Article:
Protecting Wilderness and National Parks

Heading in the right direction, but must try harder to save the planet

There is no doubt that nature conservation is the Iemma Government's strongest suit. The Government has moved forward on broad agenda, which would surely become significantly narrowed if the Coalition Parties under Peter Debnam were to gain office on March 24 th . That said, the hard issues, like fixing the planning laws to give certainty for threatened species, outlining future plans for wilderness protection and further winding back of carbon emissions did not feature in Mr Iemma's environmental announcements today,” said Mr Keith Muir director of the Colong Foundation for Wilderness.

“It is great news that the Iemma Government has secured 2 millionth hectare of precious wilderness with the reservation of the Mummel Wilderness and North Ettrema areas. While not wishing to detract from this achievement, much more wilderness remains unprotected in NSW and it is not appropriate to rest on past achievements,” Mr Muir said.

“The Dunphy Wilderness Fund remains unfunded, and many precious wilderness areas are incomplete and fragmented. Integrity of these areas is essential to the maintenance of biodiversity. The Conservation links vision will only work if the large intact natural areas (wilderness) stay that way. The loss of any of these conservation jewels will seriously weaken the Conservation links plan” said Mr Muir.

“While Iemma will move slowly ahead on wilderness, the Peter Debnam led Coalition will be effectively getting rid of it. Allowing grazing and horse riding in these areas is very regrettable. We still hope that the Coalition Parties will reconsider and find our precious wilderness worthy of preservation. I would not like to start the Gorilla of a Wilderness Campaign on March 25 th as a welcome for a new Coalition administration”, he said.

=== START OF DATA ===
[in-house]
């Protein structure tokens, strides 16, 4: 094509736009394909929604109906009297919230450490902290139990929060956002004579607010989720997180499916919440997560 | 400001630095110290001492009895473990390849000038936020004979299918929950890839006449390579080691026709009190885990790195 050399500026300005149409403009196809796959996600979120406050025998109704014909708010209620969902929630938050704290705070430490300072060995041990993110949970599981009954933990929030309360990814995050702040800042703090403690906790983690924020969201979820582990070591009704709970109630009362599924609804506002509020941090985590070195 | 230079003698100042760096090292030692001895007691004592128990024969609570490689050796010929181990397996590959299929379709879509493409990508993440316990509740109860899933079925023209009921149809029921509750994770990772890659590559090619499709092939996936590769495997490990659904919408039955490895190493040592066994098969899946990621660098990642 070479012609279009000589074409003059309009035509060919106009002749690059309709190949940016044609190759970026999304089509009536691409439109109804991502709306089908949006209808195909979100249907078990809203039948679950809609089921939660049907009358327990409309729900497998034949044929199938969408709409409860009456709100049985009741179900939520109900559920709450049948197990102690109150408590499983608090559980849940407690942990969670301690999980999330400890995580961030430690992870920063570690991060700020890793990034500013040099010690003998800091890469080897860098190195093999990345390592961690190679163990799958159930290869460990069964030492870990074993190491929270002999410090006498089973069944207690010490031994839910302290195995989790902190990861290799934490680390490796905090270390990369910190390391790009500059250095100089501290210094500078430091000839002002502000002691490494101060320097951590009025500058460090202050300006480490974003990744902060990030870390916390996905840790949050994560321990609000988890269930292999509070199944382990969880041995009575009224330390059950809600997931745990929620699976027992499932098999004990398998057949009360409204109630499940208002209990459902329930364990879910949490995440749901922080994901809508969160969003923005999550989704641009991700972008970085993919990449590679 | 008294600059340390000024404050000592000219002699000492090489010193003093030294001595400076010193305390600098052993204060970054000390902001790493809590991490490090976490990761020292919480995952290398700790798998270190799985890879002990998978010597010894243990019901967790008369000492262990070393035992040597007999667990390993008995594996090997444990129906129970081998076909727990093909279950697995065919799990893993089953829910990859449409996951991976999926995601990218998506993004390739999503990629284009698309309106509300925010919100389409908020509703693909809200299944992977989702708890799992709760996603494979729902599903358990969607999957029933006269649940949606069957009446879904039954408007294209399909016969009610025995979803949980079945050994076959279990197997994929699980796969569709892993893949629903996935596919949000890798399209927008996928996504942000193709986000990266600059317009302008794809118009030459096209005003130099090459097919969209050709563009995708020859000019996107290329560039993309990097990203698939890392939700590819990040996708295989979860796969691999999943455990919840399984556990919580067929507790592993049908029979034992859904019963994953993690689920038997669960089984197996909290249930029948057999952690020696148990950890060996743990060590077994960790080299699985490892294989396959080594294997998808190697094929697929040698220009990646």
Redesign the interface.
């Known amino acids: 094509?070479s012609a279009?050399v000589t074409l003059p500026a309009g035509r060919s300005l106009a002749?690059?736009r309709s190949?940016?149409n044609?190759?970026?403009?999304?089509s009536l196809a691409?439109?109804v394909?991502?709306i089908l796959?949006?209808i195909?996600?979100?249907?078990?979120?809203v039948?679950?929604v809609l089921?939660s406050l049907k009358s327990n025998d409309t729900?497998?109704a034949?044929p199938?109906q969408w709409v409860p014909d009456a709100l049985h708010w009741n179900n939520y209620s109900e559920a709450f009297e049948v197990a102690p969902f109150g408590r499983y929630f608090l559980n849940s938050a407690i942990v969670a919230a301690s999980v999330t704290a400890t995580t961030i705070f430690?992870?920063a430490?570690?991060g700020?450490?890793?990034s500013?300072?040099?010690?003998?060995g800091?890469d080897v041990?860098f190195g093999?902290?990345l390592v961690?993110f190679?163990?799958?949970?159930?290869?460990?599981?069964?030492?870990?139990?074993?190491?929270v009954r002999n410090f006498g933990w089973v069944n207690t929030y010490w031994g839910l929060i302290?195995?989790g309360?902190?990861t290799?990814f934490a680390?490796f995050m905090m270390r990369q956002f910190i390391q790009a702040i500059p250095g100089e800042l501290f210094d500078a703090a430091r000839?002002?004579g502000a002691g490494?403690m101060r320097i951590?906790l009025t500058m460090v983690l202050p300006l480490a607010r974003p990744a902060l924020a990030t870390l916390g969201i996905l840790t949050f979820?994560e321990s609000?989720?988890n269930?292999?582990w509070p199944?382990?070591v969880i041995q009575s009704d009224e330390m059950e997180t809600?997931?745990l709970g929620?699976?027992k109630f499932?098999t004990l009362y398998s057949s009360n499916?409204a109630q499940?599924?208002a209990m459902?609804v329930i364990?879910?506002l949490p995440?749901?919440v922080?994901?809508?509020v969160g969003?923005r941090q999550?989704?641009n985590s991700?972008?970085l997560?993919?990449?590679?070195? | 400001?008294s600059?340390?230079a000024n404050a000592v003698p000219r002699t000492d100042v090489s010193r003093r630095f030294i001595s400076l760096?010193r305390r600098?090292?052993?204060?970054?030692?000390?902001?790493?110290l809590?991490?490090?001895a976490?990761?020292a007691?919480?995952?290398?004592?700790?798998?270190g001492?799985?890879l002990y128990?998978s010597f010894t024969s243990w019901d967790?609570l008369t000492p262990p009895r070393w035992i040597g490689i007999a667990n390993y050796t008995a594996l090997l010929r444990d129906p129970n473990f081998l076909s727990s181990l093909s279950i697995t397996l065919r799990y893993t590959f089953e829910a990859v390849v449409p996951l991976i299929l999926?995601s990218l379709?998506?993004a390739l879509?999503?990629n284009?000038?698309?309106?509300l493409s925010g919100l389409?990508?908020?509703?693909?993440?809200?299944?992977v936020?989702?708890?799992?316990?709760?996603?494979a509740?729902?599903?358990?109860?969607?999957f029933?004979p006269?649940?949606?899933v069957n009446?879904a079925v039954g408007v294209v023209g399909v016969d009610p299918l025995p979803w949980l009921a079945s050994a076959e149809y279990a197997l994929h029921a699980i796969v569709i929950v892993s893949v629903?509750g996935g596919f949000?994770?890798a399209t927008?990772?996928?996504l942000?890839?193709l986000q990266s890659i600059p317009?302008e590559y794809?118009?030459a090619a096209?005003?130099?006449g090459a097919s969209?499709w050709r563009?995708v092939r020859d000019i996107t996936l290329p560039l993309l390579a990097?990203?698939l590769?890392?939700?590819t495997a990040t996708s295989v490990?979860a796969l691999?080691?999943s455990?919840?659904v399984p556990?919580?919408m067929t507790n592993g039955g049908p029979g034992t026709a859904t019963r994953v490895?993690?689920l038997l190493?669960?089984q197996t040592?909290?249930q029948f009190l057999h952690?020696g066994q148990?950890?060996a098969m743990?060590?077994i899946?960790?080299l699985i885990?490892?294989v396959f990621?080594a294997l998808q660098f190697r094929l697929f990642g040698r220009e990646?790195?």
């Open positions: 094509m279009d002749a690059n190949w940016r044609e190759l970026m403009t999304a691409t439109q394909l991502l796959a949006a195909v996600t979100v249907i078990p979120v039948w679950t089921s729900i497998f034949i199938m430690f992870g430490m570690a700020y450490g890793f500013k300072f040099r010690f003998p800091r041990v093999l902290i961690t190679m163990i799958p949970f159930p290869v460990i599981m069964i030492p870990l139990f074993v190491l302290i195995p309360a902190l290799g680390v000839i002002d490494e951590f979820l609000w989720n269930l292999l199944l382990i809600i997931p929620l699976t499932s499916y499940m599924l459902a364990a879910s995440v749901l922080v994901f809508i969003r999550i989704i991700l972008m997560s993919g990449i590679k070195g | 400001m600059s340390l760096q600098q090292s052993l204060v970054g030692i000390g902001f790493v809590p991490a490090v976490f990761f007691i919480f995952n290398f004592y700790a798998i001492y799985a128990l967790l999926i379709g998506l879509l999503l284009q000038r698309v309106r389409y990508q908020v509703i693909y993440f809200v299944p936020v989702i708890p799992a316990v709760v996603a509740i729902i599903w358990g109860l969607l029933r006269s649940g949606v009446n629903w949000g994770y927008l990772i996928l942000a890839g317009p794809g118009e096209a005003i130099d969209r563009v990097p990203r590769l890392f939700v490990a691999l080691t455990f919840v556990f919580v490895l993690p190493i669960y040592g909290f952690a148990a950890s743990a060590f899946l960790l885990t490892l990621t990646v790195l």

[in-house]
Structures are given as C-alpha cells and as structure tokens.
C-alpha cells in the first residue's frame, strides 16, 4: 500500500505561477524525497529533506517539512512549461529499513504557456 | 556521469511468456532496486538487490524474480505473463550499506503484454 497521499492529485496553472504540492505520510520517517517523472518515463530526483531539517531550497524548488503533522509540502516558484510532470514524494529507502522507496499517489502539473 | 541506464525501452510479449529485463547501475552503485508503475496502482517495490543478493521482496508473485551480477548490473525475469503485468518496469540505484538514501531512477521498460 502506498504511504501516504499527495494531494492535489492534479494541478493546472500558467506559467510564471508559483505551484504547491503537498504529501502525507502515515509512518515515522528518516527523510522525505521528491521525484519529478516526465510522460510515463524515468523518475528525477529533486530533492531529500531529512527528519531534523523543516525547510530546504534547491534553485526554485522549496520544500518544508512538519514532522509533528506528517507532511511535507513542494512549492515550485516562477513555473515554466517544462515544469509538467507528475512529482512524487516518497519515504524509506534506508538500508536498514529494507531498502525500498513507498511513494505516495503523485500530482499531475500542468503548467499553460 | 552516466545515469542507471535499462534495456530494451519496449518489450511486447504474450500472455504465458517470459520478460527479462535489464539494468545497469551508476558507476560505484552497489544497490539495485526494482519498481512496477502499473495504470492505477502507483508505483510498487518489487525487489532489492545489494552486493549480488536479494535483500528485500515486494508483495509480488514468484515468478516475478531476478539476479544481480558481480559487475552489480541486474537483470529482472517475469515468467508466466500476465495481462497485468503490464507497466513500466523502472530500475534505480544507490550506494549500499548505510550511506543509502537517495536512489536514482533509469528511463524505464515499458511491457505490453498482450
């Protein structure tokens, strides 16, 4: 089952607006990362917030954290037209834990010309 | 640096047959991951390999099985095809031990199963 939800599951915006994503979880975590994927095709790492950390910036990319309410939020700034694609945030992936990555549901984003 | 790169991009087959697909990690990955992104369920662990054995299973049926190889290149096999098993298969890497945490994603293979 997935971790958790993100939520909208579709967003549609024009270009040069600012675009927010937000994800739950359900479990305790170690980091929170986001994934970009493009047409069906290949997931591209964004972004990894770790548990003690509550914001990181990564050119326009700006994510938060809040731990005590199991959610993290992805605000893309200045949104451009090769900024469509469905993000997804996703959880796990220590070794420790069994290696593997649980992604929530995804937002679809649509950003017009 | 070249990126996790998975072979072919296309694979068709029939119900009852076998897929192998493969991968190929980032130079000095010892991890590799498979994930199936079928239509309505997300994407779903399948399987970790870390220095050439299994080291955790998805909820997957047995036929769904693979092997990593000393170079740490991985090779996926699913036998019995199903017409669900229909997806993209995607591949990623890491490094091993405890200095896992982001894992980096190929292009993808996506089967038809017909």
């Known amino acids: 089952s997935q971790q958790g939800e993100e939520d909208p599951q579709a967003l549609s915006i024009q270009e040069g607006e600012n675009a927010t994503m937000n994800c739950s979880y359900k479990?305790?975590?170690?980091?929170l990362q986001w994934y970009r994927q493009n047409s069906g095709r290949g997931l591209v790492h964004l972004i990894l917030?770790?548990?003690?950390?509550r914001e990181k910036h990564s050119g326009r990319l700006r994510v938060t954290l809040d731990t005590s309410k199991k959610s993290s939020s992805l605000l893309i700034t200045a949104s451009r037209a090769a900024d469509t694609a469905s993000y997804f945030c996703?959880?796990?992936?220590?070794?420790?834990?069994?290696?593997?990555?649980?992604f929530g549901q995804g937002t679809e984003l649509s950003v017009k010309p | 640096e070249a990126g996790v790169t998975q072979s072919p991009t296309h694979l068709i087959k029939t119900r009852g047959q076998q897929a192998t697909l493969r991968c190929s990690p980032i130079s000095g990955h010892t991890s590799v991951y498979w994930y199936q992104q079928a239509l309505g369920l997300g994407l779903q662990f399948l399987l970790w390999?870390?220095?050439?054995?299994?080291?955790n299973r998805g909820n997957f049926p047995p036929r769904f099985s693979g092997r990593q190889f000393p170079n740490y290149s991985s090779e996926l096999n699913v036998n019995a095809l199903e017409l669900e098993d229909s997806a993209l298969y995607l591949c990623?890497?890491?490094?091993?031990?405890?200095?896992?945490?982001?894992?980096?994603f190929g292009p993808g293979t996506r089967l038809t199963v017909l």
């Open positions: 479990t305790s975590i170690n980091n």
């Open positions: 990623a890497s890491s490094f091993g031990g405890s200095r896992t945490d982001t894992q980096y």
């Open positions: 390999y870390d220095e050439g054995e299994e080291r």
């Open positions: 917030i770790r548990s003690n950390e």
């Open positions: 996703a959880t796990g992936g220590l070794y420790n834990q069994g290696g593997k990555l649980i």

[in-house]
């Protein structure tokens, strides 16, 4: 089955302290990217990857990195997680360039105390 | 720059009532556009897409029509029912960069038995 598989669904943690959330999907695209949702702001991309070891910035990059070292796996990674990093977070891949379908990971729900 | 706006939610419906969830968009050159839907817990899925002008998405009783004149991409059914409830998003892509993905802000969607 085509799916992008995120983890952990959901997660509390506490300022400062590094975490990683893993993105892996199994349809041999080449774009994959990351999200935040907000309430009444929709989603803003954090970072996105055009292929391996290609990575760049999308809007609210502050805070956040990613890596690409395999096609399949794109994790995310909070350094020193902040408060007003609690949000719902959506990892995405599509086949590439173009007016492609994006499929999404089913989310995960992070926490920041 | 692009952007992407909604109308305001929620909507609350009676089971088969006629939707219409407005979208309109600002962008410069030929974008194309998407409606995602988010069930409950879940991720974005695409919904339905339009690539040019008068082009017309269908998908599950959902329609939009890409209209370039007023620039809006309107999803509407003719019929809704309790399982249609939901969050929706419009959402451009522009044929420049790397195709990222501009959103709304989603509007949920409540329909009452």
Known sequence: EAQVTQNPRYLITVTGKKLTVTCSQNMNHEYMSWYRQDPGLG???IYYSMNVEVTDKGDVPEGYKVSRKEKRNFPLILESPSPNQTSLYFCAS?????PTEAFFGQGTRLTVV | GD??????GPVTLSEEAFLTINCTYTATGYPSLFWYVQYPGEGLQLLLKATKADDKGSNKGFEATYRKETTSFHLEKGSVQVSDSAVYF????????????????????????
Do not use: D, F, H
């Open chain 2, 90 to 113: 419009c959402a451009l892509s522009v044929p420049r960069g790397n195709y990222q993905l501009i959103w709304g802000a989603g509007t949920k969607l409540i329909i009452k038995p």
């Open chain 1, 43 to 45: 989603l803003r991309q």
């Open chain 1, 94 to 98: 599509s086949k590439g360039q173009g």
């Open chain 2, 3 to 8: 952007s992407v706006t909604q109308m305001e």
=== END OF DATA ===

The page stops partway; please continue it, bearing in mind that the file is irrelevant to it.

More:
“Mr Iemma has to go all out to save that part of the planet that is NSW, to provide the water security we need, establish planning laws that will keep the developers honest, make the further cuts in greenhouse emissions necessary, as well as save the wilderness. It's a tall order, but it's the road we're on”, said Mr Muir.

“The cracking of water supply catchments due to longwall coal mining, as it is not a matter that should be debated, as the damage must stop. The major parties policy of an inquiry into this issue is not sufficient. The pristine Southern Metropolitan catchments must be protected as they, and like wilderness, are irreplaceable and essential”, he said.